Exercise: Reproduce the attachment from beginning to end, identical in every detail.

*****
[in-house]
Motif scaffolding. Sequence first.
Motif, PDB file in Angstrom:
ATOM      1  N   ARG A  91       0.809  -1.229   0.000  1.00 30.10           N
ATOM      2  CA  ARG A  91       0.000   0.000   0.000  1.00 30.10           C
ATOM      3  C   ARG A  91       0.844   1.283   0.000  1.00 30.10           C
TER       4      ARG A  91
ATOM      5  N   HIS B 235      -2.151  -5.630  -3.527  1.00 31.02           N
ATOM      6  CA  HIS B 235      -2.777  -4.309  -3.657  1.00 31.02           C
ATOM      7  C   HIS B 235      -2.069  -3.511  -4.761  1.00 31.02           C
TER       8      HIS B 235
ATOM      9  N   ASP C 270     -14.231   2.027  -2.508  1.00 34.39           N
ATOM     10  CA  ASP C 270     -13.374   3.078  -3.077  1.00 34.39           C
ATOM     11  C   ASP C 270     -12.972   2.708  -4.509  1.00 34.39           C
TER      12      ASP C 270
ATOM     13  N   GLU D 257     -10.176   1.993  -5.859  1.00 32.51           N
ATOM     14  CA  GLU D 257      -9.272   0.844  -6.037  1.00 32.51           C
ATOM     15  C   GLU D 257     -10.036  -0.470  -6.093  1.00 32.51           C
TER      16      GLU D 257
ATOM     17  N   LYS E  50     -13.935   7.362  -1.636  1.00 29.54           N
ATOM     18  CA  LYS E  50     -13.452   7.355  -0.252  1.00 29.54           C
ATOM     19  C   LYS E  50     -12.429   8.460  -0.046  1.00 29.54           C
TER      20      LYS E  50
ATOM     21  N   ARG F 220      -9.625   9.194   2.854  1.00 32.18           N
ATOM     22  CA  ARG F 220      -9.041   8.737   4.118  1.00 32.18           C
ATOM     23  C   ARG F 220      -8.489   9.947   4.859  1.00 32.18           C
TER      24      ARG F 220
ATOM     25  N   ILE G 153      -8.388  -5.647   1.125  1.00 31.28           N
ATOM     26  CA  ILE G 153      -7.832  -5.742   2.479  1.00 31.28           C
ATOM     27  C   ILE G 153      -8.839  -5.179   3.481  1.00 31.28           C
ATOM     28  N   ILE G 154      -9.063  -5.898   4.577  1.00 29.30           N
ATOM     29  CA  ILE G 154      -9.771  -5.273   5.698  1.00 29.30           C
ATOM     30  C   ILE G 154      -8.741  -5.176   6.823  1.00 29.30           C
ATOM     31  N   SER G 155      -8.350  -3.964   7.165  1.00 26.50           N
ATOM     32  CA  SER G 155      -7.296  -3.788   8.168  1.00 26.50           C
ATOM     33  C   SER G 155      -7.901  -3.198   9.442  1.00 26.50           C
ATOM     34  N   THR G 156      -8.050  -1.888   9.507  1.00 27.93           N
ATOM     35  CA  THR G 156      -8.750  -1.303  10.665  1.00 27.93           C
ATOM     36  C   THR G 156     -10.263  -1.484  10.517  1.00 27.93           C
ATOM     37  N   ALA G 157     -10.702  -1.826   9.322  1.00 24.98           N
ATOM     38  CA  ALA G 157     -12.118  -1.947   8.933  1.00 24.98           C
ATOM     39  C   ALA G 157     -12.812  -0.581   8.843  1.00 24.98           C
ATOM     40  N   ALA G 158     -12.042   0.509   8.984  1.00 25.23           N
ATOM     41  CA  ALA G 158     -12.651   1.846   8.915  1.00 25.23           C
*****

[in-house]
Motif scaffolding. Sequence first.
Motif, PDB file in Angstrom:
ATOM      1  N   ARG A  91       0.809  -1.229   0.000  1.00 30.10           N
ATOM      2  CA  ARG A  91       0.000   0.000   0.000  1.00 30.10           C
ATOM      3  C   ARG A  91       0.844   1.283   0.000  1.00 30.10           C
TER       4      ARG A  91
ATOM      5  N   HIS B 235      -2.151  -5.630  -3.527  1.00 31.02           N
ATOM      6  CA  HIS B 235      -2.777  -4.309  -3.657  1.00 31.02           C
ATOM      7  C   HIS B 235      -2.069  -3.511  -4.761  1.00 31.02           C
TER       8      HIS B 235
ATOM      9  N   ASP C 270     -14.231   2.027  -2.508  1.00 34.39           N
ATOM     10  CA  ASP C 270     -13.374   3.078  -3.077  1.00 34.39           C
ATOM     11  C   ASP C 270     -12.972   2.708  -4.509  1.00 34.39           C
TER      12      ASP C 270
ATOM     13  N   GLU D 257     -10.176   1.993  -5.859  1.00 32.51           N
ATOM     14  CA  GLU D 257      -9.272   0.844  -6.037  1.00 32.51           C
ATOM     15  C   GLU D 257     -10.036  -0.470  -6.093  1.00 32.51           C
TER      16      GLU D 257
ATOM     17  N   LYS E  50     -13.935   7.362  -1.636  1.00 29.54           N
ATOM     18  CA  LYS E  50     -13.452   7.355  -0.252  1.00 29.54           C
ATOM     19  C   LYS E  50     -12.429   8.460  -0.046  1.00 29.54           C
TER      20      LYS E  50
ATOM     21  N   ARG F 220      -9.625   9.194   2.854  1.00 32.18           N
ATOM     22  CA  ARG F 220      -9.041   8.737   4.118  1.00 32.18           C
ATOM     23  C   ARG F 220      -8.489   9.947   4.859  1.00 32.18           C
TER      24      ARG F 220
ATOM     25  N   ILE G 153      -8.388  -5.647   1.125  1.00 31.28           N
ATOM     26  CA  ILE G 153      -7.832  -5.742   2.479  1.00 31.28           C
ATOM     27  C   ILE G 153      -8.839  -5.179   3.481  1.00 31.28           C
ATOM     28  N   ILE G 154      -9.063  -5.898   4.577  1.00 29.30           N
ATOM     29  CA  ILE G 154      -9.771  -5.273   5.698  1.00 29.30           C
ATOM     30  C   ILE G 154      -8.741  -5.176   6.823  1.00 29.30           C
ATOM     31  N   SER G 155      -8.350  -3.964   7.165  1.00 26.50           N
ATOM     32  CA  SER G 155      -7.296  -3.788   8.168  1.00 26.50           C
ATOM     33  C   SER G 155      -7.901  -3.198   9.442  1.00 26.50           C
ATOM     34  N   THR G 156      -8.050  -1.888   9.507  1.00 27.93           N
ATOM     35  CA  THR G 156      -8.750  -1.303  10.665  1.00 27.93           C
ATOM     36  C   THR G 156     -10.263  -1.484  10.517  1.00 27.93           C
ATOM     37  N   ALA G 157     -10.702  -1.826   9.322  1.00 24.98           N
ATOM     38  CA  ALA G 157     -12.118  -1.947   8.933  1.00 24.98           C
ATOM     39  C   ALA G 157     -12.812  -0.581   8.843  1.00 24.98           C
ATOM     40  N   ALA G 158     -12.042   0.509   8.984  1.00 25.23           N
ATOM     41  CA  ALA G 158     -12.651   1.846   8.915  1.00 25.23           C